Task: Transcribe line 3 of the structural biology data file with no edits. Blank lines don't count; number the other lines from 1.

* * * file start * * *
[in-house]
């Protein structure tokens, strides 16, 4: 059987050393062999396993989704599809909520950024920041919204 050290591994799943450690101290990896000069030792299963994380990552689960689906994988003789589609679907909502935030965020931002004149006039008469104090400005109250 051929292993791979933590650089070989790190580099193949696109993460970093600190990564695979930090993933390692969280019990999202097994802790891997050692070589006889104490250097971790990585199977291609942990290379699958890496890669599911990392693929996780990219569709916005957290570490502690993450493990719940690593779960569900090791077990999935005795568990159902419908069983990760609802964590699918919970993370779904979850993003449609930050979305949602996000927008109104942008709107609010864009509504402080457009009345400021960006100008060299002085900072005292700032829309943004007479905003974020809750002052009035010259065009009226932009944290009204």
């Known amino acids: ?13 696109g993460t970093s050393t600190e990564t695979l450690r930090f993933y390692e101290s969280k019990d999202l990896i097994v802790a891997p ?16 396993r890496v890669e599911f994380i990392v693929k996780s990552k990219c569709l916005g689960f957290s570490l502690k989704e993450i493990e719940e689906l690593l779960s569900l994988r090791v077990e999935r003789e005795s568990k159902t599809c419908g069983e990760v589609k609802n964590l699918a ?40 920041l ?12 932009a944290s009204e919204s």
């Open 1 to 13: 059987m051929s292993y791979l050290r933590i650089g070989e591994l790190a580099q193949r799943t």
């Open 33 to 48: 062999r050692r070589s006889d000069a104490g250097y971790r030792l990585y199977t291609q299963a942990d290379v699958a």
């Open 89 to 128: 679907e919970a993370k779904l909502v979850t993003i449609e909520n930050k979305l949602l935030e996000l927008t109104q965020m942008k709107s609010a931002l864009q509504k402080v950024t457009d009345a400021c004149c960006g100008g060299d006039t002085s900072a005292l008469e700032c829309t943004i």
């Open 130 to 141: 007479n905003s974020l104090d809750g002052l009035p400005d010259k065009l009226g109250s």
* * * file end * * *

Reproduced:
């Known amino acids: ?13 696109g993460t970093s050393t600190e990564t695979l450690r930090f993933y390692e101290s969280k019990d999202l990896i097994v802790a891997p ?16 396993r890496v890669e599911f994380i990392v693929k996780s990552k990219c569709l916005g689960f957290s570490l502690k989704e993450i493990e719940e689906l690593l779960s569900l994988r090791v077990e999935r003789e005795s568990k159902t599809c419908g069983e990760v589609k609802n964590l699918a ?40 920041l ?12 932009a944290s009204e919204s």